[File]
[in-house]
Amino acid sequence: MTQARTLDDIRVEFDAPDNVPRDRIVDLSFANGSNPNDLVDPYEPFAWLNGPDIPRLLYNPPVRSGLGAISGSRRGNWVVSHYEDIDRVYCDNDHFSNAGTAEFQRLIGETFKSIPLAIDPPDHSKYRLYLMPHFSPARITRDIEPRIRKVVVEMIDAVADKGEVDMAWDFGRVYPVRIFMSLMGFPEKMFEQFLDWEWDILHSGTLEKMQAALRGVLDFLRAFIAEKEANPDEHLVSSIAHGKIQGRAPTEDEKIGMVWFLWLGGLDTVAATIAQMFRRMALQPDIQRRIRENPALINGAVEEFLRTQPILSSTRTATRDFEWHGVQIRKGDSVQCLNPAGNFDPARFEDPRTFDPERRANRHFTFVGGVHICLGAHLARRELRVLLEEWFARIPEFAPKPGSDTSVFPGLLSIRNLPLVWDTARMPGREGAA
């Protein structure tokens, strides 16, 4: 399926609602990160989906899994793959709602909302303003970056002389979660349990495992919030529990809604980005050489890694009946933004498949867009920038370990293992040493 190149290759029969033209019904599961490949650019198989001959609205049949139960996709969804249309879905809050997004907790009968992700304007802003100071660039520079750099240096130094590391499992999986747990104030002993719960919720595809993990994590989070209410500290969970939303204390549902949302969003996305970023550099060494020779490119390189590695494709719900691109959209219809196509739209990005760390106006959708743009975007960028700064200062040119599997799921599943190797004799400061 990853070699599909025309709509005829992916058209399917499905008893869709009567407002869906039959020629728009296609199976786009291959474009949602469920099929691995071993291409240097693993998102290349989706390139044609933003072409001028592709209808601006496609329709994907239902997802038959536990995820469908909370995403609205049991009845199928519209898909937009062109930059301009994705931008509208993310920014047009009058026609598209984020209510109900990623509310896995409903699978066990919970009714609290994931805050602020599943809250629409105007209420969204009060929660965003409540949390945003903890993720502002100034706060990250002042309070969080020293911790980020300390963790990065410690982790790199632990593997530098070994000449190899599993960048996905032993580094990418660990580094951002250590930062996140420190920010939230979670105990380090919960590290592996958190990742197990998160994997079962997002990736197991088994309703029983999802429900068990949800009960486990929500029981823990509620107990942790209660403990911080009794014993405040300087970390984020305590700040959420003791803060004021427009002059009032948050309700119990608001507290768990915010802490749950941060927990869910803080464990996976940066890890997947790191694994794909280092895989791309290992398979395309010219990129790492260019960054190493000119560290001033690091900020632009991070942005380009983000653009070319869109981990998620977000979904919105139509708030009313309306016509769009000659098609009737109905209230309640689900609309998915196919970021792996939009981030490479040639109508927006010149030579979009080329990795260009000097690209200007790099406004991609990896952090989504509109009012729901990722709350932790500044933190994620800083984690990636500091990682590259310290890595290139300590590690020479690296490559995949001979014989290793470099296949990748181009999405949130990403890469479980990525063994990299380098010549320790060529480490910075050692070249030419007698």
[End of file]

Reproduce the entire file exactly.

[in-house]
Amino acid sequence: MTQARTLDDIRVEFDAPDNVPRDRIVDLSFANGSNPNDLVDPYEPFAWLNGPDIPRLLYNPPVRSGLGAISGSRRGNWVVSHYEDIDRVYCDNDHFSNAGTAEFQRLIGETFKSIPLAIDPPDHSKYRLYLMPHFSPARITRDIEPRIRKVVVEMIDAVADKGEVDMAWDFGRVYPVRIFMSLMGFPEKMFEQFLDWEWDILHSGTLEKMQAALRGVLDFLRAFIAEKEANPDEHLVSSIAHGKIQGRAPTEDEKIGMVWFLWLGGLDTVAATIAQMFRRMALQPDIQRRIRENPALINGAVEEFLRTQPILSSTRTATRDFEWHGVQIRKGDSVQCLNPAGNFDPARFEDPRTFDPERRANRHFTFVGGVHICLGAHLARRELRVLLEEWFARIPEFAPKPGSDTSVFPGLLSIRNLPLVWDTARMPGREGAA
């Protein structure tokens, strides 16, 4: 399926609602990160989906899994793959709602909302303003970056002389979660349990495992919030529990809604980005050489890694009946933004498949867009920038370990293992040493 190149290759029969033209019904599961490949650019198989001959609205049949139960996709969804249309879905809050997004907790009968992700304007802003100071660039520079750099240096130094590391499992999986747990104030002993719960919720595809993990994590989070209410500290969970939303204390549902949302969003996305970023550099060494020779490119390189590695494709719900691109959209219809196509739209990005760390106006959708743009975007960028700064200062040119599997799921599943190797004799400061 990853070699599909025309709509005829992916058209399917499905008893869709009567407002869906039959020629728009296609199976786009291959474009949602469920099929691995071993291409240097693993998102290349989706390139044609933003072409001028592709209808601006496609329709994907239902997802038959536990995820469908909370995403609205049991009845199928519209898909937009062109930059301009994705931008509208993310920014047009009058026609598209984020209510109900990623509310896995409903699978066990919970009714609290994931805050602020599943809250629409105007209420969204009060929660965003409540949390945003903890993720502002100034706060990250002042309070969080020293911790980020300390963790990065410690982790790199632990593997530098070994000449190899599993960048996905032993580094990418660990580094951002250590930062996140420190920010939230979670105990380090919960590290592996958190990742197990998160994997079962997002990736197991088994309703029983999802429900068990949800009960486990929500029981823990509620107990942790209660403990911080009794014993405040300087970390984020305590700040959420003791803060004021427009002059009032948050309700119990608001507290768990915010802490749950941060927990869910803080464990996976940066890890997947790191694994794909280092895989791309290992398979395309010219990129790492260019960054190493000119560290001033690091900020632009991070942005380009983000653009070319869109981990998620977000979904919105139509708030009313309306016509769009000659098609009737109905209230309640689900609309998915196919970021792996939009981030490479040639109508927006010149030579979009080329990795260009000097690209200007790099406004991609990896952090989504509109009012729901990722709350932790500044933190994620800083984690990636500091990682590259310290890595290139300590590690020479690296490559995949001979014989290793470099296949990748181009999405949130990403890469479980990525063994990299380098010549320790060529480490910075050692070249030419007698």